This may require medical attention, especially in children, the elderly, and those with compromised immune systems
Prevent dehydration by drinking a lot of fluids, including water and juice
After exposure to the virus, symptoms often appear within 24-48 hours. You may feel ill as early as 12 hours. Symptoms often last about 24-60 hours.
Your doctor will ask about your symptoms and medical history. A physical exam will be done.
Diagnosis can be made based on a stool specimen. Often, your doctor can determine this illness without ordering any lab tests.
Currently, there are no treatments. Because gastroenteritis is caused by a virus, antibiotics cannot cure it. There are no antiviral medications or vaccines. The illness is often brief.
The only complication would be dehydration due to vomiting and diarrhea. In certain groups of people, this may require a hospital stay to replenish fluids.
Noroviruses can survive extreme heat and cold. The virus can also live in water with up to 10 parts per million of chlorine. This is much higher than what public water supplies have. There are ways, though, to limit exposure.
To help reduce your chance of getting noroviruses take the following steps:
Wash your hands
thoroughly after using the bathroom (or changing diapers). This is very important before handling food or eating. If you are caring for someone who is infected, make sure the person thoroughly washes his or her hands.
Wash fruits and vegetables. Steam oysters and clams.
Do not prepare food if you have symptoms. Wait three days after you have recovered before handling food again.
Throw away contaminated food.
If you are ill or caring for someone who is ill, immediately clean and disinfect contaminated surfaces using bleach cleaner. Remove and wash soiled linens. Use hot water and soap.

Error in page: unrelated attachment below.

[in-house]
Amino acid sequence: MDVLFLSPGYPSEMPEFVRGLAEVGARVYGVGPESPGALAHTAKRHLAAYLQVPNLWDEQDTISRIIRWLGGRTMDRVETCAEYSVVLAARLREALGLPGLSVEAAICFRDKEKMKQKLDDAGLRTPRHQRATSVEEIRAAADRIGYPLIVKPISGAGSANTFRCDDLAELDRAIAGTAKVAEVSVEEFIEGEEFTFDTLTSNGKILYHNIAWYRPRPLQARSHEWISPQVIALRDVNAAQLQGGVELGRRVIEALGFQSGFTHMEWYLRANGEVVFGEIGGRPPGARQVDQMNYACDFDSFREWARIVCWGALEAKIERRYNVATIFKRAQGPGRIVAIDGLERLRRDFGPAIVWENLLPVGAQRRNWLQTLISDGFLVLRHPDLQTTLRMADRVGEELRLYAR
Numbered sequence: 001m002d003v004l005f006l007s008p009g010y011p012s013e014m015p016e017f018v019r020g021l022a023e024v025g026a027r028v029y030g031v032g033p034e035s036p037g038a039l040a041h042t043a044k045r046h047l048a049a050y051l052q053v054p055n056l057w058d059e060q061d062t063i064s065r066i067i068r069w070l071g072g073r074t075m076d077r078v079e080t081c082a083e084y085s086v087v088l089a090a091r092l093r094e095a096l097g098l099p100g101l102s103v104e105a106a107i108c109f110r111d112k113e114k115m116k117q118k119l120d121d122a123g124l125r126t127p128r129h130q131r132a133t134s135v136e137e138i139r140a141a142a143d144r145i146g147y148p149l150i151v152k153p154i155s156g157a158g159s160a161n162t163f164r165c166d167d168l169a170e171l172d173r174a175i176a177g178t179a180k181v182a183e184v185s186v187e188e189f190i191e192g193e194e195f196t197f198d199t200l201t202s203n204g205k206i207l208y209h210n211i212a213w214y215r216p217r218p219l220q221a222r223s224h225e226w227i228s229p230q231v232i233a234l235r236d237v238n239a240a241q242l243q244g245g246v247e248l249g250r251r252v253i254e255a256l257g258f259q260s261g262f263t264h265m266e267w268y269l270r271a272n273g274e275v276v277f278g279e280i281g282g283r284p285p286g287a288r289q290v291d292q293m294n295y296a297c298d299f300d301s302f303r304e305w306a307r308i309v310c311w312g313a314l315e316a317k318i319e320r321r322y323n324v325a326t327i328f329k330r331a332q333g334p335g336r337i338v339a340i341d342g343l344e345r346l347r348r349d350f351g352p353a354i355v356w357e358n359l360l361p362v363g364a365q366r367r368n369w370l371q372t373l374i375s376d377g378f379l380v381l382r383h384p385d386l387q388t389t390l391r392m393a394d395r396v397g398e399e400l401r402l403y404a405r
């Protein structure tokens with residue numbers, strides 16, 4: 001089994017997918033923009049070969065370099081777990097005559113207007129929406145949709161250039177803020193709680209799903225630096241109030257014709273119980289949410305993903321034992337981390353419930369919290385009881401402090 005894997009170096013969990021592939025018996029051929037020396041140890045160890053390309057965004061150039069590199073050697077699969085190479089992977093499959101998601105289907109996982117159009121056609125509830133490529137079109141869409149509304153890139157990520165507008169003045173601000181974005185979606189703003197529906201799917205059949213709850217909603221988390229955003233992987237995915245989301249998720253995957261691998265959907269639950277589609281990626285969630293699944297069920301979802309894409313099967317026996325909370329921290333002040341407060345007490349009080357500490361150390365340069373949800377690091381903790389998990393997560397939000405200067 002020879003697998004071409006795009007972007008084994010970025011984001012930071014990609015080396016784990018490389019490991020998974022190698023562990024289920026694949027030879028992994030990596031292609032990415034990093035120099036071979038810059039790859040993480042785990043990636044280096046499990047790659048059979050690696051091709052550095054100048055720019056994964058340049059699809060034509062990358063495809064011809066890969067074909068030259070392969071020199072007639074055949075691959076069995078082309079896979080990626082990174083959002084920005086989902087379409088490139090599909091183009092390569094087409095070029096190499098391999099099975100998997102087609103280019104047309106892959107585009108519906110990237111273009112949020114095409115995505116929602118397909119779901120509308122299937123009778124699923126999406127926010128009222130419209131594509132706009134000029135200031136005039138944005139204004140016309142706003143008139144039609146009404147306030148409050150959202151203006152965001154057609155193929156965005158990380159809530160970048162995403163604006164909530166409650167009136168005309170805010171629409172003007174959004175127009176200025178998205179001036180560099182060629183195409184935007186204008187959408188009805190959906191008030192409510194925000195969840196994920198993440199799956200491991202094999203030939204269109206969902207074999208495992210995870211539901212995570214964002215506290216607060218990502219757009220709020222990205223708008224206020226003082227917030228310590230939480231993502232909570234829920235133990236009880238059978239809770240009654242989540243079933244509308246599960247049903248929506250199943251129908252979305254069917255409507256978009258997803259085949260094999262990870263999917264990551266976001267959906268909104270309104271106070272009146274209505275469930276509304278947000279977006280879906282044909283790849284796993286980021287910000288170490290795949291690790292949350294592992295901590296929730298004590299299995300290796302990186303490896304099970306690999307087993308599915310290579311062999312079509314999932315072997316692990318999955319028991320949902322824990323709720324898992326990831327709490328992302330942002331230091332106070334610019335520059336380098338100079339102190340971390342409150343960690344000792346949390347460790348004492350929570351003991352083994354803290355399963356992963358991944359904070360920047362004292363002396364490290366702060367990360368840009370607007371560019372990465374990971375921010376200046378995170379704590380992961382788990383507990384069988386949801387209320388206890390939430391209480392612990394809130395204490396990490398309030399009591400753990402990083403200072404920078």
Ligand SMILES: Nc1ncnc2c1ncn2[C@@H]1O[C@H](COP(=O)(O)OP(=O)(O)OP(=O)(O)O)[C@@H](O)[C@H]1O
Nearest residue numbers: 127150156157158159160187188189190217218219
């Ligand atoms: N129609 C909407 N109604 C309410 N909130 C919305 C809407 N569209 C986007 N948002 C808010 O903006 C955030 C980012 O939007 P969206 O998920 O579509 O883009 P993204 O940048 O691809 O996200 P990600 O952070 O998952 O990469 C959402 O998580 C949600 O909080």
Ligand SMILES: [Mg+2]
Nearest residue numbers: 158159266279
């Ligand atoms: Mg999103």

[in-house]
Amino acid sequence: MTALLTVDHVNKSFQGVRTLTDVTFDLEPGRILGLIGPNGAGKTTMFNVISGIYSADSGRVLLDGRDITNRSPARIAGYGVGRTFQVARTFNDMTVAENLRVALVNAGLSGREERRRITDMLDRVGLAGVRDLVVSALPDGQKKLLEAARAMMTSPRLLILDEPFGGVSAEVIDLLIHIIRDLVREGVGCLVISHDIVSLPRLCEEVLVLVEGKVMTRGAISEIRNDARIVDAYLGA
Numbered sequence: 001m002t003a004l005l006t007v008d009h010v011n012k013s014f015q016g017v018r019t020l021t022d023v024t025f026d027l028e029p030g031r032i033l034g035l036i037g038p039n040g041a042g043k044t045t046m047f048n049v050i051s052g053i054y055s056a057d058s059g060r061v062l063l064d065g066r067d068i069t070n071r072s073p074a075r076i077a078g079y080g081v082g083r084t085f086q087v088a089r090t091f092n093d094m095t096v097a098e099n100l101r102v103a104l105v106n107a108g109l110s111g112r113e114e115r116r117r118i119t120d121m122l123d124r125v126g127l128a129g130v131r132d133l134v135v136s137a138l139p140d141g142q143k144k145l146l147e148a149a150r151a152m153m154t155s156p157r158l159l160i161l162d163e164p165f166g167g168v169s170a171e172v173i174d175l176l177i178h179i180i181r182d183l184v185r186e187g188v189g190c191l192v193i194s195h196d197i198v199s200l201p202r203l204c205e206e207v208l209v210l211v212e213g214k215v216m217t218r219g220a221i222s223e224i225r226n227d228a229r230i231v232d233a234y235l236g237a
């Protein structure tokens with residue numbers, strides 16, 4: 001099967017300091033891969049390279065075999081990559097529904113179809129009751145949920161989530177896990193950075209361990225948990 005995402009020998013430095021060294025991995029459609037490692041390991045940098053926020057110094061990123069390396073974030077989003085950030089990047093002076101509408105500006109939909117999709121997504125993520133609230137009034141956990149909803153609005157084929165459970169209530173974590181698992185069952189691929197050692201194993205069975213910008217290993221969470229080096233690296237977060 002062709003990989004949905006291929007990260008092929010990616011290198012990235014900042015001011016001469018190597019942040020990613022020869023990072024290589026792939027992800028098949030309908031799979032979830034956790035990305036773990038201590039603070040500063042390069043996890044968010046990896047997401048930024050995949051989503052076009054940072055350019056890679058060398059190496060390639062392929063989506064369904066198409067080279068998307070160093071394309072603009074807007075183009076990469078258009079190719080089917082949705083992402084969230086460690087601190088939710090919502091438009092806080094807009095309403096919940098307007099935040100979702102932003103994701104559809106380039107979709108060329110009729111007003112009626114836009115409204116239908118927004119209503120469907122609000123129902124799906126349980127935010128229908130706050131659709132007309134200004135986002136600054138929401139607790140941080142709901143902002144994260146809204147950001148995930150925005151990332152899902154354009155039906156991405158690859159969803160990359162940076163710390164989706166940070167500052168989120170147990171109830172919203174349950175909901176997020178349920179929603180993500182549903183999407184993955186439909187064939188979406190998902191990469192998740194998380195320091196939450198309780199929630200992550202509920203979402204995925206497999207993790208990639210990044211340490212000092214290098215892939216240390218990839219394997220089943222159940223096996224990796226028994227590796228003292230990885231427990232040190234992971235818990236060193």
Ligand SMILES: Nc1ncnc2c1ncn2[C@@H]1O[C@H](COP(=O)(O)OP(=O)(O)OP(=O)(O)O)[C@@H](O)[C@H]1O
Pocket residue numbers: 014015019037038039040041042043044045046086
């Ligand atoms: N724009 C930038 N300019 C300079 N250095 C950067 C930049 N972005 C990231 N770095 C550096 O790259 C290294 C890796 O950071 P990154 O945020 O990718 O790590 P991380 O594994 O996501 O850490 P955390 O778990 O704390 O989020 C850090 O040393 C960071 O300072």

If you are sick, do not attend work. Staying home will prevent you from passing the virus to others.
If you work in a healthcare facility, isolate sick individuals to reduce the virus from spreading.
Norovirus in healthcare facilities fact sheet. National Center for Infectious Diseases: Respiratory and Enteric Viruses Branch. Centers for Disease Control and Prevention website. Available at:
. Accessed June 11, 2007.
The Norwalk virus family. In:
The Bad Bug Book: Foodborne Pathogenic Microorganisms and Natural Toxins Handbook
. US Food and Drug Administration; 1992. Center for Food Safety and Applied Nutrition website. Available at:
. Accessed June 11, 2007.
Please be aware that this information is provided to supplement the care
provided by your physician. It is neither intended nor implied to be a
substitute for professional medical advice. CALL YOUR HEALTHCARE PROVIDER
IMMEDIATELY IF YOU THINK YOU MAY HAVE A MEDICAL EMERGENCY. Always seek the
advice of your physician or other qualified health provider prior to
starting any new treatment or with any questions you may have regarding a